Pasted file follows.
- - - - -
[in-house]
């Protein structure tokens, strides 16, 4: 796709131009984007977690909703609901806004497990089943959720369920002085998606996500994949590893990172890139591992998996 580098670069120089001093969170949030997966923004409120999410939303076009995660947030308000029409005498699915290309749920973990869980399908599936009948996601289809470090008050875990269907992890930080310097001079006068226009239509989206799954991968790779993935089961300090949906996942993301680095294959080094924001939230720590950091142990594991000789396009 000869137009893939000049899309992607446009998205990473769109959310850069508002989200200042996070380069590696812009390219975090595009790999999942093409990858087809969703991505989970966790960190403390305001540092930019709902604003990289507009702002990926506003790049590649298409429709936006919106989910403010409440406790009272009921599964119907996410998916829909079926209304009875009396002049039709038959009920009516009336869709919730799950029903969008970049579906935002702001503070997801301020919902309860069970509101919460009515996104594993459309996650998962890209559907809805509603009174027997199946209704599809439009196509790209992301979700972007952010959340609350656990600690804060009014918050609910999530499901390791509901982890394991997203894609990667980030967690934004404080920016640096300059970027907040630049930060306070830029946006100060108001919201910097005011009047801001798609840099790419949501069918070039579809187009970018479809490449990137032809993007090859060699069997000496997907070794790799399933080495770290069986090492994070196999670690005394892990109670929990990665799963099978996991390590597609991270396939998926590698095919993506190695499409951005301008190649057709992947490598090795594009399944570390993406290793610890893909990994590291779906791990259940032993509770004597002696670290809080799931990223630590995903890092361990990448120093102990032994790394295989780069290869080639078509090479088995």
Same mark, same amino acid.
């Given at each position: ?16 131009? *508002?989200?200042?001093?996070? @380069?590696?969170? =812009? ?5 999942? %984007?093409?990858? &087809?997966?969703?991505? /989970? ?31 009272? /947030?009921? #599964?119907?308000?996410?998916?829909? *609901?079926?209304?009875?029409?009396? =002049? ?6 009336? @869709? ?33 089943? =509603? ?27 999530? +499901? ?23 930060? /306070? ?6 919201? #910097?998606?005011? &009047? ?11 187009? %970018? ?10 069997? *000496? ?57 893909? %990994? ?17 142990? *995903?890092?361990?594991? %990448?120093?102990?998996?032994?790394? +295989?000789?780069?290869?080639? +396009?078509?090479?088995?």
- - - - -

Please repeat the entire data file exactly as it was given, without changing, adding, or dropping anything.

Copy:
[in-house]
């Protein structure tokens, strides 16, 4: 796709131009984007977690909703609901806004497990089943959720369920002085998606996500994949590893990172890139591992998996 580098670069120089001093969170949030997966923004409120999410939303076009995660947030308000029409005498699915290309749920973990869980399908599936009948996601289809470090008050875990269907992890930080310097001079006068226009239509989206799954991968790779993935089961300090949906996942993301680095294959080094924001939230720590950091142990594991000789396009 000869137009893939000049899309992607446009998205990473769109959310850069508002989200200042996070380069590696812009390219975090595009790999999942093409990858087809969703991505989970966790960190403390305001540092930019709902604003990289507009702002990926506003790049590649298409429709936006919106989910403010409440406790009272009921599964119907996410998916829909079926209304009875009396002049039709038959009920009516009336869709919730799950029903969008970049579906935002702001503070997801301020919902309860069970509101919460009515996104594993459309996650998962890209559907809805509603009174027997199946209704599809439009196509790209992301979700972007952010959340609350656990600690804060009014918050609910999530499901390791509901982890394991997203894609990667980030967690934004404080920016640096300059970027907040630049930060306070830029946006100060108001919201910097005011009047801001798609840099790419949501069918070039579809187009970018479809490449990137032809993007090859060699069997000496997907070794790799399933080495770290069986090492994070196999670690005394892990109670929990990665799963099978996991390590597609991270396939998926590698095919993506190695499409951005301008190649057709992947490598090795594009399944570390993406290793610890893909990994590291779906791990259940032993509770004597002696670290809080799931990223630590995903890092361990990448120093102990032994790394295989780069290869080639078509090479088995």
Same mark, same amino acid.
């Given at each position: ?16 131009? *508002?989200?200042?001093?996070? @380069?590696?969170? =812009? ?5 999942? %984007?093409?990858? &087809?997966?969703?991505? /989970? ?31 009272? /947030?009921? #599964?119907?308000?996410?998916?829909? *609901?079926?209304?009875?029409?009396? =002049? ?6 009336? @869709? ?33 089943? =509603? ?27 999530? +499901? ?23 930060? /306070? ?6 919201? #910097?998606?005011? &009047? ?11 187009? %970018? ?10 069997? *000496? ?57 893909? %990994? ?17 142990? *995903?890092?361990?594991? %990448?120093?102990?998996?032994?790394? +295989?000789?780069?290869?080639? +396009?078509?090479?088995?």